• Bowel or Fecal incontinence: Stool unexpectedly leaking from the rectum due to the inability to control bowel movements

InterStim Therapy for bladder control problems is not intended to treat issues like stress incontinence or urinary blockages. Also, it is not recommended for pregnant women, those with a pacemaker, or diabetic patients.

How Does InterStim Therapy Work?

The sacral nerves control the bladder and are located near the tailbone. When these nerves do not communicate effectively with the brain, normal bladder function is disrupted. InterStim Therapy for bladder control problems provides stimulation to these nerves called neurostimulation to communicate with the brain for increased bladder control. Neurostimulation is a reversible treatment that can be discontinued at any time by turning off or removing the device.

How is the InterStim Therapy Device Inserted?

Before the InterStim Therapy device that generates the electrical pulses is surgically implanted, the patient will have a trial period to ensure the therapy will reduce bladder control symptoms. This is the first phase of the two-phase procedure and typically takes 1 to 3 weeks. This trial period determines if InterStim Therapy for bladder control is right for you. With both phases of the process, you can go home the same day but need a driver.

The trial phase takes place in a medical office or operating room. The doctor numbs a small area near the tailbone and inserts a thin, flexible needle attached to a wire placed near the sacral nerves. Once the electrical stimulation starts, a comfortable pulsing or tingling sensation is sent to the vagina or rectal regions.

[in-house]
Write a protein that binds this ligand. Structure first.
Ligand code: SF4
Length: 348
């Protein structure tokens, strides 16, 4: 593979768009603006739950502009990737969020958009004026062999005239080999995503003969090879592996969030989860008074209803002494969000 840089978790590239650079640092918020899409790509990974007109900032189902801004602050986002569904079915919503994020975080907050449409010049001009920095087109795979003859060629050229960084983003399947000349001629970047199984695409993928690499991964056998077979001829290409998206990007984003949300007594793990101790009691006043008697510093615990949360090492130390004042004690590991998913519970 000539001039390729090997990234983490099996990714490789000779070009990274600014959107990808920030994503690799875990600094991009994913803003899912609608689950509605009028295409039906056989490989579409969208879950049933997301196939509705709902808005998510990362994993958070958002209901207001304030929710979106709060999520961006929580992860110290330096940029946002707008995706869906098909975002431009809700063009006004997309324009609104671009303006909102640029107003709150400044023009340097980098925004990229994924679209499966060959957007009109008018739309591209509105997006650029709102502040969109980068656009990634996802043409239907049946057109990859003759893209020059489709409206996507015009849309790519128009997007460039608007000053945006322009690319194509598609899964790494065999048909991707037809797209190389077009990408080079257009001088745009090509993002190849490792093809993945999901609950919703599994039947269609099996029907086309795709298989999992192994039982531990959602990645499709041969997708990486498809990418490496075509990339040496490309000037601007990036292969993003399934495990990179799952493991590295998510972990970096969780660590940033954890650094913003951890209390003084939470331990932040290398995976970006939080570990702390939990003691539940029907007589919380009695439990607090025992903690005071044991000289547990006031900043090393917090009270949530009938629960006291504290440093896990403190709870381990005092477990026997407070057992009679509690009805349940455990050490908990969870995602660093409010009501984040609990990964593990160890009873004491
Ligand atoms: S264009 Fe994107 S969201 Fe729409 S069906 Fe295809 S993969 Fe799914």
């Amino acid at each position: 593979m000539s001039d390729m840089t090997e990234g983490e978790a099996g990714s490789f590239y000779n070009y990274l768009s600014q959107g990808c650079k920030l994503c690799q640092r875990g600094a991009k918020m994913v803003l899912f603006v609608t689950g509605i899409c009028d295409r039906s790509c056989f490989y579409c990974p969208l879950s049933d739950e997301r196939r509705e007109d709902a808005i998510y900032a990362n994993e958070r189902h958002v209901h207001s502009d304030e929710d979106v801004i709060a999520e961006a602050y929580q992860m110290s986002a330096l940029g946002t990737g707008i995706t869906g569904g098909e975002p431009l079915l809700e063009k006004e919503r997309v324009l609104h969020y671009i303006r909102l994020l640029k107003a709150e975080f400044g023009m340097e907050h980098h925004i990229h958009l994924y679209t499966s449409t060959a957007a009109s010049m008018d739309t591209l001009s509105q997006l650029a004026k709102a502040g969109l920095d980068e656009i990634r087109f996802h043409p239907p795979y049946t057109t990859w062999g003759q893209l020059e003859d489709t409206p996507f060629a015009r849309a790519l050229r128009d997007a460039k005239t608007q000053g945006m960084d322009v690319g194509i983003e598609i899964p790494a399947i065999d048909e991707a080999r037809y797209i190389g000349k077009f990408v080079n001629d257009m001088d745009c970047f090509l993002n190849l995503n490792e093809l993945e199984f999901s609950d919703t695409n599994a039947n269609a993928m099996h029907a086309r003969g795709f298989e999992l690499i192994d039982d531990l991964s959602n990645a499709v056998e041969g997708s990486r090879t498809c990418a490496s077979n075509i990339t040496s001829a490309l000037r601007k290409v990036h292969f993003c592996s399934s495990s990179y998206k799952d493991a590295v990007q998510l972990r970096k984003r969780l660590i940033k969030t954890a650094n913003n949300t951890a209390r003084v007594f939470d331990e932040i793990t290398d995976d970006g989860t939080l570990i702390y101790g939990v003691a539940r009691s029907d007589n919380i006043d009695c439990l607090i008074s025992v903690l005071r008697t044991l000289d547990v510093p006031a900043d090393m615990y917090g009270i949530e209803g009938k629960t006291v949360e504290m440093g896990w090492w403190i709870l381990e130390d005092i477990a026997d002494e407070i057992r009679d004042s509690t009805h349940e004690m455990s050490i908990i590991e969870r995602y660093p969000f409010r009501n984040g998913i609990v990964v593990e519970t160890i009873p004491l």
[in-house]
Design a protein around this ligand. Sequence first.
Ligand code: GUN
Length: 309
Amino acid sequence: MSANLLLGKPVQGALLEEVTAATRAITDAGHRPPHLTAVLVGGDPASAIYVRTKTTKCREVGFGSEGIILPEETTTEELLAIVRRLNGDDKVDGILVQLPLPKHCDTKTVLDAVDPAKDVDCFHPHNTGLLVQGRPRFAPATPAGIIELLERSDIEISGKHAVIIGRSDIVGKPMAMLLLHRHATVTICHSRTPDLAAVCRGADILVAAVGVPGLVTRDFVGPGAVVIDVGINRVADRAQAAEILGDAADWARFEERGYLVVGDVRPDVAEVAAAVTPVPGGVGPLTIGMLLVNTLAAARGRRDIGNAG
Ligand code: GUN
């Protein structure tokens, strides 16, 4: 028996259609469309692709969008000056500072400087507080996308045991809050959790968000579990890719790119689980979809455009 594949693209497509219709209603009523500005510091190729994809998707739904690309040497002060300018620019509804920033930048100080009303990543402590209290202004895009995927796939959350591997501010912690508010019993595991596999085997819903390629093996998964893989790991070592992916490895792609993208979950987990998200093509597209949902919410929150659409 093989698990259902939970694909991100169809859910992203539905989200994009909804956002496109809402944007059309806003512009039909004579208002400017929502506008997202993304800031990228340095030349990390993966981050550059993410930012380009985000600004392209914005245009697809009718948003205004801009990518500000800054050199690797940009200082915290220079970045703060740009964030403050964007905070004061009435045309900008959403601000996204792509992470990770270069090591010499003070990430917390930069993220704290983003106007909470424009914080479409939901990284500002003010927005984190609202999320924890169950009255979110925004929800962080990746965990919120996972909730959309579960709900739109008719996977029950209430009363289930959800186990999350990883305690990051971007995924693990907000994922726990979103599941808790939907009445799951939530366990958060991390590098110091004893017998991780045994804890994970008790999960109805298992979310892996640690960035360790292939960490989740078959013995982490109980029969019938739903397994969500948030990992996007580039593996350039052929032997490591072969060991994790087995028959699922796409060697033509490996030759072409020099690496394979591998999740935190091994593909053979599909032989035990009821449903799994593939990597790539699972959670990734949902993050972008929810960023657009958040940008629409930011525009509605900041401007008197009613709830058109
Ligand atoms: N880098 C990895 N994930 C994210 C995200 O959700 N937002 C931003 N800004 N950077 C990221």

An external battery is then placed on a belt that is connected to the testing wire. A handheld remote control can then adjust the level of desired stimulation. During the first phase, your doctor may ask you to keep a bladder diary to track daily urinary habits. It is essential to abstain from sexual and strenuous activity to ensure the wires stay in place during this time. The incision sites should also remain dry and the wires free from potential entanglement.

The first phase of the InterStim procedure allows you to try neurostimulation to see if it is right for you without making a long-term commitment. Suppose your symptoms are significantly reduced or eliminated during the testing period. In that case, you may benefit from long-term use of sacral nerve stimulation, and the second stage of the procedure is performed.  A permanent battery is implanted in the upper part of the buttock and is similar to a heart pacemaker’s size. Most all normal activities can be resumed within two weeks after this surgery.

What Are the Risks of InterStim Therapy?

As with any minimally invasive procedure, there may be risks, which could include:

  • Bleeding
  • Infection
  • Swelling
  • Bruising
  • Pain
  • Continued bladder control problems

The good news is that if, for any reason, the InterStim Therapy device can be shut off or completely removed. It is essential to share all health concerns and intentions with your doctor to determine if the device needs to be turned off. For example, if you become pregnant or are trying to become pregnant, the InterStim device would need to be shut off.